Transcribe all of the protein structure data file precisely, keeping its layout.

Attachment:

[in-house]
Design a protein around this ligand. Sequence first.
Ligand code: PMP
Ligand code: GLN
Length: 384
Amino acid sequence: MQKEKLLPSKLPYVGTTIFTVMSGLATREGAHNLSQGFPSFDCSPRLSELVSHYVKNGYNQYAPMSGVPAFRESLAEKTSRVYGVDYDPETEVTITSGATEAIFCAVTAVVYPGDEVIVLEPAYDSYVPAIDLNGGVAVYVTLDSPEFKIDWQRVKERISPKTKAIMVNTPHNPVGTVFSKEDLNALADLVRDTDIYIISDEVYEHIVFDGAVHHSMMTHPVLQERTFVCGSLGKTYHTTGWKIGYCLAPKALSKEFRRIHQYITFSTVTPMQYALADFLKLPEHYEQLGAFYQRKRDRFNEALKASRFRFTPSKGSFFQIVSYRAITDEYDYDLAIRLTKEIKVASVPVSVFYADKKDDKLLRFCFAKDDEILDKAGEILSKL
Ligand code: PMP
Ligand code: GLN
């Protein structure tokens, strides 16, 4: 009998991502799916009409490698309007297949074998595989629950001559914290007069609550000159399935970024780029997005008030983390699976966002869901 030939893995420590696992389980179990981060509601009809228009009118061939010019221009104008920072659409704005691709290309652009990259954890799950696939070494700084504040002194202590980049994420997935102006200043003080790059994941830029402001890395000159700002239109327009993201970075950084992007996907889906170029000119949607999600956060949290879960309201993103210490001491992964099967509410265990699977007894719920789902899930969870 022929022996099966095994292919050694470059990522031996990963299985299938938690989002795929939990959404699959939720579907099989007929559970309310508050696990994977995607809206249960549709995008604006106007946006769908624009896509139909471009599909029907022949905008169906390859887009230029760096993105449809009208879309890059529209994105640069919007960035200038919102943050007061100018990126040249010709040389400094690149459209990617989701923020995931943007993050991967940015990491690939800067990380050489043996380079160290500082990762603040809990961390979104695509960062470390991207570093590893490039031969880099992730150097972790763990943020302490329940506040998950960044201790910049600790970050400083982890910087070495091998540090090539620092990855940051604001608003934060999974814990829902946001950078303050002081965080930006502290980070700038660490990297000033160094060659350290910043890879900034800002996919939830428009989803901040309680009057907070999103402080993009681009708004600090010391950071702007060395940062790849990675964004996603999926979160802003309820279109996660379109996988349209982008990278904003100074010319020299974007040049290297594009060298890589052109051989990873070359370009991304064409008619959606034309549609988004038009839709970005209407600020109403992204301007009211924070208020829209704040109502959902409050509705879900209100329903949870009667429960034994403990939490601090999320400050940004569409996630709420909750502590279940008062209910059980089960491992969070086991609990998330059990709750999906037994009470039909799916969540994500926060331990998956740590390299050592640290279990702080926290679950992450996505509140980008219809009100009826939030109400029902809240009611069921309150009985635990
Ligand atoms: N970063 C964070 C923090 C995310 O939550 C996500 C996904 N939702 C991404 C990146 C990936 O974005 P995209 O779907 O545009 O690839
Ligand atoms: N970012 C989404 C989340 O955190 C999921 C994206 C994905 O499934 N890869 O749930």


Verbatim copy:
[in-house]
Design a protein around this ligand. Sequence first.
Ligand code: PMP
Ligand code: GLN
Length: 384
Amino acid sequence: MQKEKLLPSKLPYVGTTIFTVMSGLATREGAHNLSQGFPSFDCSPRLSELVSHYVKNGYNQYAPMSGVPAFRESLAEKTSRVYGVDYDPETEVTITSGATEAIFCAVTAVVYPGDEVIVLEPAYDSYVPAIDLNGGVAVYVTLDSPEFKIDWQRVKERISPKTKAIMVNTPHNPVGTVFSKEDLNALADLVRDTDIYIISDEVYEHIVFDGAVHHSMMTHPVLQERTFVCGSLGKTYHTTGWKIGYCLAPKALSKEFRRIHQYITFSTVTPMQYALADFLKLPEHYEQLGAFYQRKRDRFNEALKASRFRFTPSKGSFFQIVSYRAITDEYDYDLAIRLTKEIKVASVPVSVFYADKKDDKLLRFCFAKDDEILDKAGEILSKL
Ligand code: PMP
Ligand code: GLN
């Protein structure tokens, strides 16, 4: 009998991502799916009409490698309007297949074998595989629950001559914290007069609550000159399935970024780029997005008030983390699976966002869901 030939893995420590696992389980179990981060509601009809228009009118061939010019221009104008920072659409704005691709290309652009990259954890799950696939070494700084504040002194202590980049994420997935102006200043003080790059994941830029402001890395000159700002239109327009993201970075950084992007996907889906170029000119949607999600956060949290879960309201993103210490001491992964099967509410265990699977007894719920789902899930969870 022929022996099966095994292919050694470059990522031996990963299985299938938690989002795929939990959404699959939720579907099989007929559970309310508050696990994977995607809206249960549709995008604006106007946006769908624009896509139909471009599909029907022949905008169906390859887009230029760096993105449809009208879309890059529209994105640069919007960035200038919102943050007061100018990126040249010709040389400094690149459209990617989701923020995931943007993050991967940015990491690939800067990380050489043996380079160290500082990762603040809990961390979104695509960062470390991207570093590893490039031969880099992730150097972790763990943020302490329940506040998950960044201790910049600790970050400083982890910087070495091998540090090539620092990855940051604001608003934060999974814990829902946001950078303050002081965080930006502290980070700038660490990297000033160094060659350290910043890879900034800002996919939830428009989803901040309680009057907070999103402080993009681009708004600090010391950071702007060395940062790849990675964004996603999926979160802003309820279109996660379109996988349209982008990278904003100074010319020299974007040049290297594009060298890589052109051989990873070359370009991304064409008619959606034309549609988004038009839709970005209407600020109403992204301007009211924070208020829209704040109502959902409050509705879900209100329903949870009667429960034994403990939490601090999320400050940004569409996630709420909750502590279940008062209910059980089960491992969070086991609990998330059990709750999906037994009470039909799916969540994500926060331990998956740590390299050592640290279990702080926290679950992450996505509140980008219809009100009826939030109400029902809240009611069921309150009985635990
Ligand atoms: N970063 C964070 C923090 C995310 O939550 C996500 C996904 N939702 C991404 C990146 C990936 O974005 P995209 O779907 O545009 O690839
Ligand atoms: N970012 C989404 C989340 O955190 C999921 C994206 C994905 O499934 N890869 O749930």